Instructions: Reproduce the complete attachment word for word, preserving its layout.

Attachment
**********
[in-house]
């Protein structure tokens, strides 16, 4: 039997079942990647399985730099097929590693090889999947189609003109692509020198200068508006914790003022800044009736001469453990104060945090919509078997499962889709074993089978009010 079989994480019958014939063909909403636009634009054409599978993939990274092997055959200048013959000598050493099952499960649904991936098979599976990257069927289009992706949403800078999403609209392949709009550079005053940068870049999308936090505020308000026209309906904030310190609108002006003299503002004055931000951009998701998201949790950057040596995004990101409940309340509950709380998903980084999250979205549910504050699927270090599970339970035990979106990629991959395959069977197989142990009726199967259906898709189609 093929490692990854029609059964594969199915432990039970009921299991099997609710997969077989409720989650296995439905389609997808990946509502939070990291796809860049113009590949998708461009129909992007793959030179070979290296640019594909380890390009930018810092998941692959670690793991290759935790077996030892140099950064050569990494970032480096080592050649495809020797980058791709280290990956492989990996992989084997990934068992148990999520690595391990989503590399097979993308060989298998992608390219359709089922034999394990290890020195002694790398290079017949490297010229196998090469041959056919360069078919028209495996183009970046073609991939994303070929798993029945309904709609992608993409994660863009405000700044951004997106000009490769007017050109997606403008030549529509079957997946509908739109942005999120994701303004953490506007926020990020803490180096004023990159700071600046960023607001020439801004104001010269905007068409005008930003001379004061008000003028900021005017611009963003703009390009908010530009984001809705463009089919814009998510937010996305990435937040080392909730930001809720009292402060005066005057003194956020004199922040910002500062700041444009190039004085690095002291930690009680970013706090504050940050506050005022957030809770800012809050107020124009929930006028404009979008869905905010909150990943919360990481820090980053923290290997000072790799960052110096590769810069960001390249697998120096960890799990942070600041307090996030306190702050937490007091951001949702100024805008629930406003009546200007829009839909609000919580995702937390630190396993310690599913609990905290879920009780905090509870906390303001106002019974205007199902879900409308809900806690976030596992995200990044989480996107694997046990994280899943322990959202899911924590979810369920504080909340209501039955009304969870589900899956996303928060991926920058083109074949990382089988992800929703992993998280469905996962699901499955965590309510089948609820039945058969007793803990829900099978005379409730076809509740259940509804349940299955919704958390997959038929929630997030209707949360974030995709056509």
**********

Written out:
[in-house]
């Protein structure tokens, strides 16, 4: 039997079942990647399985730099097929590693090889999947189609003109692509020198200068508006914790003022800044009736001469453990104060945090919509078997499962889709074993089978009010 079989994480019958014939063909909403636009634009054409599978993939990274092997055959200048013959000598050493099952499960649904991936098979599976990257069927289009992706949403800078999403609209392949709009550079005053940068870049999308936090505020308000026209309906904030310190609108002006003299503002004055931000951009998701998201949790950057040596995004990101409940309340509950709380998903980084999250979205549910504050699927270090599970339970035990979106990629991959395959069977197989142990009726199967259906898709189609 093929490692990854029609059964594969199915432990039970009921299991099997609710997969077989409720989650296995439905389609997808990946509502939070990291796809860049113009590949998708461009129909992007793959030179070979290296640019594909380890390009930018810092998941692959670690793991290759935790077996030892140099950064050569990494970032480096080592050649495809020797980058791709280290990956492989990996992989084997990934068992148990999520690595391990989503590399097979993308060989298998992608390219359709089922034999394990290890020195002694790398290079017949490297010229196998090469041959056919360069078919028209495996183009970046073609991939994303070929798993029945309904709609992608993409994660863009405000700044951004997106000009490769007017050109997606403008030549529509079957997946509908739109942005999120994701303004953490506007926020990020803490180096004023990159700071600046960023607001020439801004104001010269905007068409005008930003001379004061008000003028900021005017611009963003703009390009908010530009984001809705463009089919814009998510937010996305990435937040080392909730930001809720009292402060005066005057003194956020004199922040910002500062700041444009190039004085690095002291930690009680970013706090504050940050506050005022957030809770800012809050107020124009929930006028404009979008869905905010909150990943919360990481820090980053923290290997000072790799960052110096590769810069960001390249697998120096960890799990942070600041307090996030306190702050937490007091951001949702100024805008629930406003009546200007829009839909609000919580995702937390630190396993310690599913609990905290879920009780905090509870906390303001106002019974205007199902879900409308809900806690976030596992995200990044989480996107694997046990994280899943322990959202899911924590979810369920504080909340209501039955009304969870589900899956996303928060991926920058083109074949990382089988992800929703992993998280469905996962699901499955965590309510089948609820039945058969007793803990829900099978005379409730076809509740259940509804349940299955919704958390997959038929929630997030209707949360974030995709056509």